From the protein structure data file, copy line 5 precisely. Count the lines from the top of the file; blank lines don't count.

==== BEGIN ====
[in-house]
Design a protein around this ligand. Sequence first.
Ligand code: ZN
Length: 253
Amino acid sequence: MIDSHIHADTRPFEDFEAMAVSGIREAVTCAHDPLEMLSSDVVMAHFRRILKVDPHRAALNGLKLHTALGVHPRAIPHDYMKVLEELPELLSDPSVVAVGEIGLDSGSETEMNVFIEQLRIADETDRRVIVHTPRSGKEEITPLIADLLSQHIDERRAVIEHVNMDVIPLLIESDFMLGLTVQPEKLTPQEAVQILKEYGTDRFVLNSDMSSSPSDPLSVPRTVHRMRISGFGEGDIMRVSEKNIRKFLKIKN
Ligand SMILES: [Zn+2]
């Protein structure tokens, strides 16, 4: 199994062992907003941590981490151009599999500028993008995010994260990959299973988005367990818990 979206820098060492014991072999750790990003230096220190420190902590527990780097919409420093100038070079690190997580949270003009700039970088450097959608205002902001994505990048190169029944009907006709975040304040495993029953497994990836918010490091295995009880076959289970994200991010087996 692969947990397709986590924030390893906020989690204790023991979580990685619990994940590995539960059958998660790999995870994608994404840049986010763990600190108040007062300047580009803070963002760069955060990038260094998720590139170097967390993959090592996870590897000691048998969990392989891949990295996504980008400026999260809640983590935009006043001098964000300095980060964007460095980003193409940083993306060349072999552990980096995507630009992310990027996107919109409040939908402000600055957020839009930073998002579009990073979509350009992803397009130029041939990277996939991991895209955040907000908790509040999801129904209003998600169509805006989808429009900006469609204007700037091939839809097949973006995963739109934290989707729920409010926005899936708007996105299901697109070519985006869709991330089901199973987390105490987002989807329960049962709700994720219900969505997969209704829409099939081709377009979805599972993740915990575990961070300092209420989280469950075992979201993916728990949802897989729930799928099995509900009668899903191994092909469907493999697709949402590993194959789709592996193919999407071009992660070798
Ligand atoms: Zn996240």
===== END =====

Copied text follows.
Amino acid sequence: MIDSHIHADTRPFEDFEAMAVSGIREAVTCAHDPLEMLSSDVVMAHFRRILKVDPHRAALNGLKLHTALGVHPRAIPHDYMKVLEELPELLSDPSVVAVGEIGLDSGSETEMNVFIEQLRIADETDRRVIVHTPRSGKEEITPLIADLLSQHIDERRAVIEHVNMDVIPLLIESDFMLGLTVQPEKLTPQEAVQILKEYGTDRFVLNSDMSSSPSDPLSVPRTVHRMRISGFGEGDIMRVSEKNIRKFLKIKN